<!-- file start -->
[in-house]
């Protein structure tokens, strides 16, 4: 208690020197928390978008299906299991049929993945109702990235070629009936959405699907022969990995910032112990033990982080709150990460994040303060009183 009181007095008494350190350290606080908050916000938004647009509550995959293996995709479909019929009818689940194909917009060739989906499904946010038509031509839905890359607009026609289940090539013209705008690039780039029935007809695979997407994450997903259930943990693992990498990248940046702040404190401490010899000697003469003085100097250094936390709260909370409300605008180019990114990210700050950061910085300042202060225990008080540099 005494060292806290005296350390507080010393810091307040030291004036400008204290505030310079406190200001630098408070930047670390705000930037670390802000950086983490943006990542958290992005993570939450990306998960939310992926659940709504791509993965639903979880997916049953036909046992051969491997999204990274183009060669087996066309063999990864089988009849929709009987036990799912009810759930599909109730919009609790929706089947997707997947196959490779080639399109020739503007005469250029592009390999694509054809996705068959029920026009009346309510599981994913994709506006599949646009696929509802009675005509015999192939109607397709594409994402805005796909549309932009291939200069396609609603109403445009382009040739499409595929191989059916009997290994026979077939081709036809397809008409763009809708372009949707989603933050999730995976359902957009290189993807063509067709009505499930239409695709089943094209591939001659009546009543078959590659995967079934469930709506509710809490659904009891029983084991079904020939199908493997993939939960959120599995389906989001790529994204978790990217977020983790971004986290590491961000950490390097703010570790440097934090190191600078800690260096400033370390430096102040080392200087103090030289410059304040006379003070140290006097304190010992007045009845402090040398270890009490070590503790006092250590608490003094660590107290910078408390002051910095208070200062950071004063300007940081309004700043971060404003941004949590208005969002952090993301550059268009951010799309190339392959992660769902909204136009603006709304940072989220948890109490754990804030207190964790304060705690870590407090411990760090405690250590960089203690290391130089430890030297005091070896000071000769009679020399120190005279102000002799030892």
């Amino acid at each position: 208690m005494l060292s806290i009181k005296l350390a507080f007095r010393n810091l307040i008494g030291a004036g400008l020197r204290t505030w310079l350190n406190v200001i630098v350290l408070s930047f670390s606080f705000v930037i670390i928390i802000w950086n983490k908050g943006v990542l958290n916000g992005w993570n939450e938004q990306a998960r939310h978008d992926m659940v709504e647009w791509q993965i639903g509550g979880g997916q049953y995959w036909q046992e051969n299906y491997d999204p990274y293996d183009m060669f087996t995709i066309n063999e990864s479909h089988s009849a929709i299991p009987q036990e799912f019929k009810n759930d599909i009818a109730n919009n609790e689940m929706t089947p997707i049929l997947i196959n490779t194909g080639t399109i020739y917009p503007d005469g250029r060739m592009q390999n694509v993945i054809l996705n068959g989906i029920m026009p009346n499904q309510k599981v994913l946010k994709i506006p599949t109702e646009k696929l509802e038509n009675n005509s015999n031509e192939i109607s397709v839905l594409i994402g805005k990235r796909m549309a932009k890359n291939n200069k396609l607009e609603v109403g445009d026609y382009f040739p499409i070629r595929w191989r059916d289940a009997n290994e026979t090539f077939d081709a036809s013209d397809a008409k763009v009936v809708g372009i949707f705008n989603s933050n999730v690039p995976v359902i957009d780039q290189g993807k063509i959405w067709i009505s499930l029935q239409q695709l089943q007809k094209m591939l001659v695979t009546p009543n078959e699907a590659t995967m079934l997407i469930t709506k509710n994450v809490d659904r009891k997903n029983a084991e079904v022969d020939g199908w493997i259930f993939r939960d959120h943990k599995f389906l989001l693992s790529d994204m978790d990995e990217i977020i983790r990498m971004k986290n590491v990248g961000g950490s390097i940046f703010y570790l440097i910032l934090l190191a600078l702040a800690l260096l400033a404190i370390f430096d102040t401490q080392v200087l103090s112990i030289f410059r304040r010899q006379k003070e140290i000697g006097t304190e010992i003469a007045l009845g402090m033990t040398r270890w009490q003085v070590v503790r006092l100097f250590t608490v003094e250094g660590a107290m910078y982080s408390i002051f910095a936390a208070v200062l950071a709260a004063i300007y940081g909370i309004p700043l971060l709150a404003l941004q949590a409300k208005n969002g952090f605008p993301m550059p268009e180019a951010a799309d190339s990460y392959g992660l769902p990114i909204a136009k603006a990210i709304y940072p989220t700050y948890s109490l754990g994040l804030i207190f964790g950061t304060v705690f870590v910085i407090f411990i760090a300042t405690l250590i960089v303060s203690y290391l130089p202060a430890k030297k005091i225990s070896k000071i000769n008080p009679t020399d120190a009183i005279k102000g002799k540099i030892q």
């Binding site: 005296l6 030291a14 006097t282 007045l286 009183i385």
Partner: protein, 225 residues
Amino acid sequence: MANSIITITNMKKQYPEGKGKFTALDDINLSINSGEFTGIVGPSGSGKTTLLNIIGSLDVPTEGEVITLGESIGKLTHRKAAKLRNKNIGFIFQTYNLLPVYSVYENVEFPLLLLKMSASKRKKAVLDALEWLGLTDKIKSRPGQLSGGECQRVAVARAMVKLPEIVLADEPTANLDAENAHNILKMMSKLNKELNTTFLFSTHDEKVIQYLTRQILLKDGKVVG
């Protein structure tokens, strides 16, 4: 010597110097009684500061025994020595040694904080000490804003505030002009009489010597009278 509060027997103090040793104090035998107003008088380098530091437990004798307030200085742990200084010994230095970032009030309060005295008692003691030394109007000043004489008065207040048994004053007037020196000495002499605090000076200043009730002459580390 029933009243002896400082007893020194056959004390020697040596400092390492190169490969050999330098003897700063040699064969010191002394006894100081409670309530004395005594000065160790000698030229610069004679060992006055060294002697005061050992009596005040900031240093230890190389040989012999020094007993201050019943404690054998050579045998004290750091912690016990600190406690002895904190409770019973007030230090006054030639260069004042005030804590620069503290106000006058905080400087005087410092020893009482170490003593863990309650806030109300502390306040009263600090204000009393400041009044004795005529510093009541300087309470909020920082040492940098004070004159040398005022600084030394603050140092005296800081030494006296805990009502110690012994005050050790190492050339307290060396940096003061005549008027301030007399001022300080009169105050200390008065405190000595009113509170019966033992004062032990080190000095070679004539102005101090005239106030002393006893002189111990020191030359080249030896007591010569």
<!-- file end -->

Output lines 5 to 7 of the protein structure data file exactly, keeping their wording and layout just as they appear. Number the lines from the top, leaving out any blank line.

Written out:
Partner: protein, 225 residues
Amino acid sequence: MANSIITITNMKKQYPEGKGKFTALDDINLSINSGEFTGIVGPSGSGKTTLLNIIGSLDVPTEGEVITLGESIGKLTHRKAAKLRNKNIGFIFQTYNLLPVYSVYENVEFPLLLLKMSASKRKKAVLDALEWLGLTDKIKSRPGQLSGGECQRVAVARAMVKLPEIVLADEPTANLDAENAHNILKMMSKLNKELNTTFLFSTHDEKVIQYLTRQILLKDGKVVG
């Protein structure tokens, strides 16, 4: 010597110097009684500061025994020595040694904080000490804003505030002009009489010597009278 509060027997103090040793104090035998107003008088380098530091437990004798307030200085742990200084010994230095970032009030309060005295008692003691030394109007000043004489008065207040048994004053007037020196000495002499605090000076200043009730002459580390 029933009243002896400082007893020194056959004390020697040596400092390492190169490969050999330098003897700063040699064969010191002394006894100081409670309530004395005594000065160790000698030229610069004679060992006055060294002697005061050992009596005040900031240093230890190389040989012999020094007993201050019943404690054998050579045998004290750091912690016990600190406690002895904190409770019973007030230090006054030639260069004042005030804590620069503290106000006058905080400087005087410092020893009482170490003593863990309650806030109300502390306040009263600090204000009393400041009044004795005529510093009541300087309470909020920082040492940098004070004159040398005022600084030394603050140092005296800081030494006296805990009502110690012994005050050790190492050339307290060396940096003061005549008027301030007399001022300080009169105050200390008065405190000595009113509170019966033992004062032990080190000095070679004539102005101090005239106030002393006893002189111990020191030359080249030896007591010569």